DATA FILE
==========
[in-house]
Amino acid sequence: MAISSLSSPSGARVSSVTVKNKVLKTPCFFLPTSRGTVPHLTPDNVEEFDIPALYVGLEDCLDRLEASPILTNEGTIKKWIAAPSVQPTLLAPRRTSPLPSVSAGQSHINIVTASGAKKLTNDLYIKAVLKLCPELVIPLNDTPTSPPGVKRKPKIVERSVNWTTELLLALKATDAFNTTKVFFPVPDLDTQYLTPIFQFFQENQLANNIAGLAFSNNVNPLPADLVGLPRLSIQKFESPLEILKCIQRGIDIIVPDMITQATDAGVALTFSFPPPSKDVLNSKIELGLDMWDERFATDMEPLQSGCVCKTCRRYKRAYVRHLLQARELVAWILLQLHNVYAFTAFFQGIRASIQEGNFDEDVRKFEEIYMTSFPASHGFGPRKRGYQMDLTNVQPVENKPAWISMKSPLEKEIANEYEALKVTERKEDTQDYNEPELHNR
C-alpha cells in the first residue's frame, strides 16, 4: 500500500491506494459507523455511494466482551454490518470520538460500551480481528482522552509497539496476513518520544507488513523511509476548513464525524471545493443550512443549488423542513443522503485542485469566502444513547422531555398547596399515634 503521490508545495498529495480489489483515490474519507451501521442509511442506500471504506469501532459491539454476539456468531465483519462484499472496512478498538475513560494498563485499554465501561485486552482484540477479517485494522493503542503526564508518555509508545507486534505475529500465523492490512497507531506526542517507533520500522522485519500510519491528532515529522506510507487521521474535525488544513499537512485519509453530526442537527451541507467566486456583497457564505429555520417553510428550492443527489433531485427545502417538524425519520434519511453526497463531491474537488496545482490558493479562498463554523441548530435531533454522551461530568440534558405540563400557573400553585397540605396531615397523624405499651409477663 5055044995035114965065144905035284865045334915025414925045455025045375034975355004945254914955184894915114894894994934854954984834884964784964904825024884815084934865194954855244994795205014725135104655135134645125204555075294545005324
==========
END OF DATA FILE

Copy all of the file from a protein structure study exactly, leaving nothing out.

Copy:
[in-house]
Amino acid sequence: MAISSLSSPSGARVSSVTVKNKVLKTPCFFLPTSRGTVPHLTPDNVEEFDIPALYVGLEDCLDRLEASPILTNEGTIKKWIAAPSVQPTLLAPRRTSPLPSVSAGQSHINIVTASGAKKLTNDLYIKAVLKLCPELVIPLNDTPTSPPGVKRKPKIVERSVNWTTELLLALKATDAFNTTKVFFPVPDLDTQYLTPIFQFFQENQLANNIAGLAFSNNVNPLPADLVGLPRLSIQKFESPLEILKCIQRGIDIIVPDMITQATDAGVALTFSFPPPSKDVLNSKIELGLDMWDERFATDMEPLQSGCVCKTCRRYKRAYVRHLLQARELVAWILLQLHNVYAFTAFFQGIRASIQEGNFDEDVRKFEEIYMTSFPASHGFGPRKRGYQMDLTNVQPVENKPAWISMKSPLEKEIANEYEALKVTERKEDTQDYNEPELHNR
C-alpha cells in the first residue's frame, strides 16, 4: 500500500491506494459507523455511494466482551454490518470520538460500551480481528482522552509497539496476513518520544507488513523511509476548513464525524471545493443550512443549488423542513443522503485542485469566502444513547422531555398547596399515634 503521490508545495498529495480489489483515490474519507451501521442509511442506500471504506469501532459491539454476539456468531465483519462484499472496512478498538475513560494498563485499554465501561485486552482484540477479517485494522493503542503526564508518555509508545507486534505475529500465523492490512497507531506526542517507533520500522522485519500510519491528532515529522506510507487521521474535525488544513499537512485519509453530526442537527451541507467566486456583497457564505429555520417553510428550492443527489433531485427545502417538524425519520434519511453526497463531491474537488496545482490558493479562498463554523441548530435531533454522551461530568440534558405540563400557573400553585397540605396531615397523624405499651409477663 5055044995035114965065144905035284865045334915025414925045455025045375034975355004945254914955184894915114894894994934854954984834884964784964904825024884815084934865194954855244994795205014725135104655135134645125204555075294545005324